I Married My Perfect Business Partner

Michael is attempting to seduce me by rubbing his nipple. Obviously, it's not working. God we're a couple of weirdos.

That sexy photo to the left is about seven years old, and represents the beginning stages of my relationship with my now-husband.

Back then, people said that we were perfect for each other. They said we balanced each other out… pushed each other’s boundaries… calmed each other’s crazy. (Side note: When Michael finally asked my parents for permission to propose, they asked him: “Are you sure!?” Yeah. Thanks a lot, Mom and Dad.)

Some things (like that E.T. T-shirt and Michael’s seduction tactics) never change. Because we’re still balancing each other out beautifully, and in more ways than before. Not only does Michael expertly handle my meltdowns, but he’s also an asset to my business.

You heard me right. Without Michael, Freelancedom wouldn’t look this pretty. And neither would my professional site. And, come to think of it, I probably would have never even attempted hosting my own e-course. (This is why you marry a front end web developer, people.)

Actually, without Michael’s support, I might still be working in book publishing.

And not only does Michael build up my sites for me, but he also acts as my sounding board, provides me with advice, talks me up to other people, and… um… at my first Word Nerd Networking event, he even helped out by blowing a whistle every three flippin’ minutes.

In return, I pushed him to take more risks in his career and helped him out with resumes, cover letters, and job interviews. This led to him leaving a job he’d had for 7.5 years for a job in an entirely new industry… in the midst of the recession. We’re like a power couple!

Now I’m not telling you to choose your romantic partners with an eye toward your business. (Or am I??) Things just worked out well for us that way. What I am saying is that you shouldn’t feel that you have to do it all by yourself. While it can be difficult to let go of certain aspects of your business, partnering up with someone who has strengths where you have weaknesses — and vice versa — can work in both your favors.

Case in point: Because of all of my disparate interests — and because I’m constantly assuming I’ll fail — I have trouble following through on things. What do I need more than anything else? ACCOUNTABILITY. Which is why, when I heard that the oh-so-fabulous Marian Schembari was coming to town, I asked her to co-host something with me. And I asked her this immediately, before I could chicken out.

And it was awesome.

Not only did Marian provide accountability, but it was also great to be able to bounce ideas off each other, split up the event planning responsibilities, and run a double-pronged marketing campaign.

In addition to pairing up with people on events and other sorts of projects, there are other ways in which you can lean on others for the greater good:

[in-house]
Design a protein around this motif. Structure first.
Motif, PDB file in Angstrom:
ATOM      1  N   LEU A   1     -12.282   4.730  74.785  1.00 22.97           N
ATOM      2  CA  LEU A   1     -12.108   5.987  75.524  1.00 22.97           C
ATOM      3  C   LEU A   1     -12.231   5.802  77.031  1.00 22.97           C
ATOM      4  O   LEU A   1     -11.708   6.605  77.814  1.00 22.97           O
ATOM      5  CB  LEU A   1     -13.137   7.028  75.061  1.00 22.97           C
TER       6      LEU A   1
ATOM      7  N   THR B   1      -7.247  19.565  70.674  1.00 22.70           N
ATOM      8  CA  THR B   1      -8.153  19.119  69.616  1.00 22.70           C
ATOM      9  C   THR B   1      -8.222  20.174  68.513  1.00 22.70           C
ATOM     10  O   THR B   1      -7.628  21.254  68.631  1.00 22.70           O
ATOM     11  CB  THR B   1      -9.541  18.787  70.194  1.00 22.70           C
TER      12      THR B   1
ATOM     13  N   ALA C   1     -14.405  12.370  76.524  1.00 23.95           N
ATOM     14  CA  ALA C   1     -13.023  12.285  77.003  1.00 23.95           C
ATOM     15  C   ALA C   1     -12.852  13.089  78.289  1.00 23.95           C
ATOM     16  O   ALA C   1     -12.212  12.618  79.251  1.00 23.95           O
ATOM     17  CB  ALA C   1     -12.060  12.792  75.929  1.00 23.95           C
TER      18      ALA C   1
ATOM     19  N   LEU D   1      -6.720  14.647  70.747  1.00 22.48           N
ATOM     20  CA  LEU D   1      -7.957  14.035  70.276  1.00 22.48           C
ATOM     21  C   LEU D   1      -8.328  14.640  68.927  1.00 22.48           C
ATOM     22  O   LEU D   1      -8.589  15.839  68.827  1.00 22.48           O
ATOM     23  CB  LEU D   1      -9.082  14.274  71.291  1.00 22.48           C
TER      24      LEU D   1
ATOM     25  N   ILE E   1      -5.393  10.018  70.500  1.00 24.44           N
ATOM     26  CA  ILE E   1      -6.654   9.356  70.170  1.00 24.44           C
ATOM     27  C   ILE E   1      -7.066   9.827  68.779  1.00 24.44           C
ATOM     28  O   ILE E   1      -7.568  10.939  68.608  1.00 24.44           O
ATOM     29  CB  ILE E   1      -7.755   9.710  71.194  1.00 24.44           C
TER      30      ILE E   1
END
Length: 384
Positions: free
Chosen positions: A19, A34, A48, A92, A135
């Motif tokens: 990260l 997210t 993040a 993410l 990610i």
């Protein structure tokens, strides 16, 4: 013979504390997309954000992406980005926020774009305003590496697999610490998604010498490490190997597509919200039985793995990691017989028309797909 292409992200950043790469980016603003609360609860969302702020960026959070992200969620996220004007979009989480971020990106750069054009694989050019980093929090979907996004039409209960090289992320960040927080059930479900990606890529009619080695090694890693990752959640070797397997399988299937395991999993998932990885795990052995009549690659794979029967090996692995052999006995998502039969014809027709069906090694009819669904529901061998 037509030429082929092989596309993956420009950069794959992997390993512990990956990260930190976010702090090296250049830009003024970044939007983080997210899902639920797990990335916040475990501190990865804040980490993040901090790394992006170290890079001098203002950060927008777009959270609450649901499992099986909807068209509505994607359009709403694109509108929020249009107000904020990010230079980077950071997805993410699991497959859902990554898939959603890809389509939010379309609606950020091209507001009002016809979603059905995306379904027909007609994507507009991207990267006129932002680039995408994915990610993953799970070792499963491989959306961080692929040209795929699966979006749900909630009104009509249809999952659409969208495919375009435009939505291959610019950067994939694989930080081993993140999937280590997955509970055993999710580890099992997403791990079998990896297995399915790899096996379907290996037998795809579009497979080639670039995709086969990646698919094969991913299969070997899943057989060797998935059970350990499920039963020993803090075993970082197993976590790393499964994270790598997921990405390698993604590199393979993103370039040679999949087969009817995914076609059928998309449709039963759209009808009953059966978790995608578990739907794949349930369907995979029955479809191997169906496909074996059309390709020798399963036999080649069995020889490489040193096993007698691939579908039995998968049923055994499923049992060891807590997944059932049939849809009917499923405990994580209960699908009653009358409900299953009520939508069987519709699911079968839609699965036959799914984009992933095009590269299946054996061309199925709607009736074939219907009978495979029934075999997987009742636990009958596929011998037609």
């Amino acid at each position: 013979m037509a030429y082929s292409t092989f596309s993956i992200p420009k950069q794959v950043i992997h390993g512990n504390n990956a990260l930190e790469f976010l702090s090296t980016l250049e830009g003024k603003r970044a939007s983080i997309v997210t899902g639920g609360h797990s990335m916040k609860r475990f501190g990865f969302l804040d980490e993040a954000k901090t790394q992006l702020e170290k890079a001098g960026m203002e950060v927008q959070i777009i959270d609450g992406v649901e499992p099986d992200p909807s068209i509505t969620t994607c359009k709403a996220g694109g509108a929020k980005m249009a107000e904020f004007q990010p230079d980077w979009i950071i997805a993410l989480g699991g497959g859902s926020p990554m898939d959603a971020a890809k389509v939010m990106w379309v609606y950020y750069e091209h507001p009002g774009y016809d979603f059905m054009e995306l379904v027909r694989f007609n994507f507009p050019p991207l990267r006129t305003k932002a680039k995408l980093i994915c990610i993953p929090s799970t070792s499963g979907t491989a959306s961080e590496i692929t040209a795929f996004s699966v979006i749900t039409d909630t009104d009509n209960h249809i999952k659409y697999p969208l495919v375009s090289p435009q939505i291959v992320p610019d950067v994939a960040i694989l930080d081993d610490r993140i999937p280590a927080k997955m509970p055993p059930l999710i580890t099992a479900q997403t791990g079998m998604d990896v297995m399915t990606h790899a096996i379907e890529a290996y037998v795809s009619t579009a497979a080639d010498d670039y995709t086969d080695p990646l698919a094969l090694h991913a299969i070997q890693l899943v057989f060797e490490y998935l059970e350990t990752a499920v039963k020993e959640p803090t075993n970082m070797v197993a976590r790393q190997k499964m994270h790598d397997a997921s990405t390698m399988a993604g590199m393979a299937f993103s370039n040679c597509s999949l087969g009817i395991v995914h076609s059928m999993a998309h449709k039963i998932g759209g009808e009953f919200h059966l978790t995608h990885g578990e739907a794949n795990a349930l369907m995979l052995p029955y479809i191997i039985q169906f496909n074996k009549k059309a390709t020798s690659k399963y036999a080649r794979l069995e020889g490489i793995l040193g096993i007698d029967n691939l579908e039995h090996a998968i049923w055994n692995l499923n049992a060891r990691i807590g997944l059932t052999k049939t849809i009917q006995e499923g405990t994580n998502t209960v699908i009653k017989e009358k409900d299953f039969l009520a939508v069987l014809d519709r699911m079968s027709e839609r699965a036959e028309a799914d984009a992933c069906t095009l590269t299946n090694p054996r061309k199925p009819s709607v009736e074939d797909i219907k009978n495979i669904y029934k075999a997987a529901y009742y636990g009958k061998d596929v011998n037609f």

1. Be a sponsor for someone else’s event or contest, or have them do the same for you. For example, at Word Nerd Networking, several of the experts donated books or services for a raffle drawing. Not only did this give attendees the opportunity to win something cool, but it also gave prize donors some additional exposure.

2. Create an affiliate program. Or sign up with someone else’s affiliate program. For example, many career coaches sign up for affiliate programs with resume writing experts, sending business their way and receiving a cut of the profits in return. I’m interested in doing something similar because — while I know a thing or two about resume writing — it’s not my greatest strength, and I’d love to be able to refer clients to someone even awesomer. For more info on affiliate marketing, check out these great posts by Thursday Bram and Darren Rowse.

3. Find a business partner. While my husband works full-time at KickApps, he also has a web business on the side. And while he used to run the whole shebang all by his lonesome, he now has a partner in crime, plus another guy who regularly sends work his way. It’s great, because he and his partner have different strengths, allowing them to take on a wider range of projects, and — because of this other dude — they also don’t have to spend a shit-ton of time drumming up new business. How could you make a similar arrangement work for you and your business?

4. Form or join a writer’s group. Or a freelance/entrepreneur group. Or any other group you think your business could benefit from. Your partnerships don’t have to be official. Building up your professional network in a more casual, organic way can have just as many benefits.

Anything I’ve missed? How have you successfully paired up with others in the past?

Related: 6 Ways To Find Your Next Mentor


  1. I totally married tech support for similar reasons. A husband who can set up a new blog in a matter of minutes certainly comes in handy for a freelance writer! Congratulations on finding the right partner, in more ways than one.

  2. @Thursday: Ha! Love it. And I love how well having a tech-savvy husband fits into my budget, too. 😉

  3. Having someone to hold you accountable is so important! And you’re lucky to have a husband who is cool with you posting that picture!

  4. Ha! I totally asked him for permission before using that photo. He was cool with it. It just makes me giggle!

  5. I work on staff with my husband, and we work on freelance projects together. It’s literally 24/7 and I love it. It doesn’t always work, but knowing that is part of why it works.

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